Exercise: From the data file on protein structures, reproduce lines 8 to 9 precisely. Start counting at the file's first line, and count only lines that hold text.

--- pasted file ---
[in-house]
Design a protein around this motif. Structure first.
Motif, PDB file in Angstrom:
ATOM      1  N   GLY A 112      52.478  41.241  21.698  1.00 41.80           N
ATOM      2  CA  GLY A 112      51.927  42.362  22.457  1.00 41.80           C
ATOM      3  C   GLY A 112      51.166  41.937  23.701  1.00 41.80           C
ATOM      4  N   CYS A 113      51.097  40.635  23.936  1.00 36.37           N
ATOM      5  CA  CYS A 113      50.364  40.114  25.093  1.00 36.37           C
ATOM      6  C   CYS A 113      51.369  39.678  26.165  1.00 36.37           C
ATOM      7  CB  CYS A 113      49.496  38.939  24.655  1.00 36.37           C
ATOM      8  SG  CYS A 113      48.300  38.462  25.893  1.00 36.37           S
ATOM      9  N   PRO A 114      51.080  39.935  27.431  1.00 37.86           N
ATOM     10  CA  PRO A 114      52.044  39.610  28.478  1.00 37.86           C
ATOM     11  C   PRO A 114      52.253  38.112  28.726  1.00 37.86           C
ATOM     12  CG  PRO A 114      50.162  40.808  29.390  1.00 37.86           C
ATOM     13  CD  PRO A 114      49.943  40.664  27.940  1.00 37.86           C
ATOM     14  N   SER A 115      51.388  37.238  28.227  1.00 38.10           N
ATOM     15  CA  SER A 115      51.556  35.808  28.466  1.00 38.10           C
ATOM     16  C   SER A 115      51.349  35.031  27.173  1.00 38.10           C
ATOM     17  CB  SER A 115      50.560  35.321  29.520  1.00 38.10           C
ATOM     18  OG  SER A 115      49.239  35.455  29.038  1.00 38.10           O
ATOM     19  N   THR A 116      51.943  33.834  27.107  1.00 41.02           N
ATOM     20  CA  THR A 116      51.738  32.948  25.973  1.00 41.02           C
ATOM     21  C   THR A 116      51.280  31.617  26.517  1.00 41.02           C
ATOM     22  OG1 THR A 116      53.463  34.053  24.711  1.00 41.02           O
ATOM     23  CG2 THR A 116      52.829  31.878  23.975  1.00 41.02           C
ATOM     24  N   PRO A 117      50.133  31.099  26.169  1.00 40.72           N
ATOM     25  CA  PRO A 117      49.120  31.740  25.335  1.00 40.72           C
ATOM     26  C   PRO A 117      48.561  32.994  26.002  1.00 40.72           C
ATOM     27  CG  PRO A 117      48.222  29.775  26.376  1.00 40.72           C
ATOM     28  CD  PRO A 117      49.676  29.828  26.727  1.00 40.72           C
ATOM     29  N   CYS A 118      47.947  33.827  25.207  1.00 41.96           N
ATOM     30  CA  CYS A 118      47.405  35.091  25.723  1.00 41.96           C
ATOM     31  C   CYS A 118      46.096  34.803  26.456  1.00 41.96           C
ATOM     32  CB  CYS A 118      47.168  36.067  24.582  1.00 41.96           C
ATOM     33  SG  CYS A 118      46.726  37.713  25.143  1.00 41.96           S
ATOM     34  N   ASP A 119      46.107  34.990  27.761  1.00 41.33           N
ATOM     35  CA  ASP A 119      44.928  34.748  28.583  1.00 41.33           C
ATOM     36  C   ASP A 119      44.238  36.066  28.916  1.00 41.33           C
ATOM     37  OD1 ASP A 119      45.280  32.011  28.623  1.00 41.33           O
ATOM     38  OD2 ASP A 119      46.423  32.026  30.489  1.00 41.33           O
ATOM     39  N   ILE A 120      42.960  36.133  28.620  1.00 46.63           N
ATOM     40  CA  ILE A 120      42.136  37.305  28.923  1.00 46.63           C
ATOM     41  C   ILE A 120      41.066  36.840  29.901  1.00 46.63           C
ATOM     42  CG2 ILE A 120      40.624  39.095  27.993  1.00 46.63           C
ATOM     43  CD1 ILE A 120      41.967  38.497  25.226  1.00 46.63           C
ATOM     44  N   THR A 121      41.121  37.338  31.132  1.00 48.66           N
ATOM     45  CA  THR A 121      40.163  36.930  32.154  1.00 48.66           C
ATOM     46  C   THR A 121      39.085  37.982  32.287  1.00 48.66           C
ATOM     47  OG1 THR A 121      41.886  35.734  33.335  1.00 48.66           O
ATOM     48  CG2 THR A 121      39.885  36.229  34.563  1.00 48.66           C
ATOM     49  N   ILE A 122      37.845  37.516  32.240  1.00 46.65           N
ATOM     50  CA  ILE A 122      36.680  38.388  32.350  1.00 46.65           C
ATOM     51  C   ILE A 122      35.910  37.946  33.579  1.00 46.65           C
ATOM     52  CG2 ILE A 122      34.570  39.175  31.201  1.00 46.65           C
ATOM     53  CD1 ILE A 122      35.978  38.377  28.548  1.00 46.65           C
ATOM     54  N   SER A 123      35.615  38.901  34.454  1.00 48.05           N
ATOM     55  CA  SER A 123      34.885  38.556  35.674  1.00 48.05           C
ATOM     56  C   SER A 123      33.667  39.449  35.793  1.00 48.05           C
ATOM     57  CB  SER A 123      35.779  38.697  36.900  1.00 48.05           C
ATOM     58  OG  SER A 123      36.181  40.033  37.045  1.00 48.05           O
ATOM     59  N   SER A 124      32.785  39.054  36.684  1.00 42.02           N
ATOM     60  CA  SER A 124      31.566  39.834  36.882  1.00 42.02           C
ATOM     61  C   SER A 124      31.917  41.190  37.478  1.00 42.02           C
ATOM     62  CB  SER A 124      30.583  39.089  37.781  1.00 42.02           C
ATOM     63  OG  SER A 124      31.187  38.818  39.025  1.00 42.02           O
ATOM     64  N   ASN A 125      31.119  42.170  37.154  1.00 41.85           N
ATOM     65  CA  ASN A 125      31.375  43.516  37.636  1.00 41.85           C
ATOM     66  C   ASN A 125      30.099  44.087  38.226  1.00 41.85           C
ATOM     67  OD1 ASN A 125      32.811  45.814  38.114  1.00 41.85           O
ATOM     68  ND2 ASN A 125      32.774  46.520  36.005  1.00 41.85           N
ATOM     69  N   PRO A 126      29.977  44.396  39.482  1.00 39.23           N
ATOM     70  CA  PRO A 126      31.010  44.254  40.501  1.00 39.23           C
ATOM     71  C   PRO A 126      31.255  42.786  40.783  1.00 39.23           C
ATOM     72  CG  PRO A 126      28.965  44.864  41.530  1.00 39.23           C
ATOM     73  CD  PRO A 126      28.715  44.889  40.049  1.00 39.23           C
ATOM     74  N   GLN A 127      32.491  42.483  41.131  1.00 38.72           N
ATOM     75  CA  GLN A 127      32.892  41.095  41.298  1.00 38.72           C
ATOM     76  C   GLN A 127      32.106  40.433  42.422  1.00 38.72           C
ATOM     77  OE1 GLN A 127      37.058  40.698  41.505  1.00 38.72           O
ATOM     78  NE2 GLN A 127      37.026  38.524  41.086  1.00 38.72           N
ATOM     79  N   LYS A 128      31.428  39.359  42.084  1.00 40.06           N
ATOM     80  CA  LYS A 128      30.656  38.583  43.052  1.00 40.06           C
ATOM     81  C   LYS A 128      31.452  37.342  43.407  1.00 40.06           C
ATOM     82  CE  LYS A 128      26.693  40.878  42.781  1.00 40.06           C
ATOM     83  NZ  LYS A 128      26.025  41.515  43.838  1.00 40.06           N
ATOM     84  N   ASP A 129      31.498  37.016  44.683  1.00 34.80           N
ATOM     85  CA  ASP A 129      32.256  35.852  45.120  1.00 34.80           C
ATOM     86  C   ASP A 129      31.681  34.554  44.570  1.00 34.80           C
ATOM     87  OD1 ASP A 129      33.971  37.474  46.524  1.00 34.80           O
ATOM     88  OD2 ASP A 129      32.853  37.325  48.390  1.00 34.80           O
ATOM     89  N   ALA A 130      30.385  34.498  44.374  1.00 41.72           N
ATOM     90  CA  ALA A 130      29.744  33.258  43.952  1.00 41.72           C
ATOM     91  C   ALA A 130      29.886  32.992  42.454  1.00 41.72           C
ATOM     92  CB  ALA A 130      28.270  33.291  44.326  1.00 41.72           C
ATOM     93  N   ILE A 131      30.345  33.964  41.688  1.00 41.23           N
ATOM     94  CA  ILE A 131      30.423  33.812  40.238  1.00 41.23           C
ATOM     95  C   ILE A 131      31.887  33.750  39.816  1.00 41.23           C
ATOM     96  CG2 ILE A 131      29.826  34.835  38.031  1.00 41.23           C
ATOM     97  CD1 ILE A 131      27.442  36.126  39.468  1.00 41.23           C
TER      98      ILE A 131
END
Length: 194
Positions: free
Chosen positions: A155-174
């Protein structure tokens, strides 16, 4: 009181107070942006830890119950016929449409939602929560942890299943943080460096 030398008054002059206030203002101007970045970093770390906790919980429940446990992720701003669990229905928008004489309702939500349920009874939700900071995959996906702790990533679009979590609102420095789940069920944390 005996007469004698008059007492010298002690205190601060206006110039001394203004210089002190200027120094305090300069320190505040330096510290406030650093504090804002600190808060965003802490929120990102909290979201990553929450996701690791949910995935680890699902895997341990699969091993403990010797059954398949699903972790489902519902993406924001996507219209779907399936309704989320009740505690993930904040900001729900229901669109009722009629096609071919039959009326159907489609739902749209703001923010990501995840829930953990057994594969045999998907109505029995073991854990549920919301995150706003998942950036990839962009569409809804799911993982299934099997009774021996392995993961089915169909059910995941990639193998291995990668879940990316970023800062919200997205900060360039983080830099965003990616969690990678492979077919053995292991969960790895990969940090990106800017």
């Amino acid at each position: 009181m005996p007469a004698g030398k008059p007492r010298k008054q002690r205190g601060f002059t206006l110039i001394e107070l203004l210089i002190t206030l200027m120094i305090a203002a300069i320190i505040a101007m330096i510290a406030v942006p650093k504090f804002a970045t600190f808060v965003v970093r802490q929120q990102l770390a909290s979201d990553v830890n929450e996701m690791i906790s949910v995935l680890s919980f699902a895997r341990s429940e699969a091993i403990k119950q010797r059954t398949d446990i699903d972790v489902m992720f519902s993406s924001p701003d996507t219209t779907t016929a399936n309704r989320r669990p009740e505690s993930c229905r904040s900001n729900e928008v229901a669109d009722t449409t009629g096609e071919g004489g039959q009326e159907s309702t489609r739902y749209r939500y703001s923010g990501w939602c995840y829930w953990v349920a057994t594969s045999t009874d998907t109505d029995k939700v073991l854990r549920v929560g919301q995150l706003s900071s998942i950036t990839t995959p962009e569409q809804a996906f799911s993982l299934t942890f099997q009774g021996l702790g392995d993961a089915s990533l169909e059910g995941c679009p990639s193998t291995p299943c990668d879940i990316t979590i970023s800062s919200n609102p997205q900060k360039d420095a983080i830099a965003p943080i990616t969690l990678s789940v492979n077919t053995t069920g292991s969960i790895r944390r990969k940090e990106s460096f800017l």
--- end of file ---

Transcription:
ATOM      5  CA  CYS A 113      50.364  40.114  25.093  1.00 36.37           C
ATOM      6  C   CYS A 113      51.369  39.678  26.165  1.00 36.37           C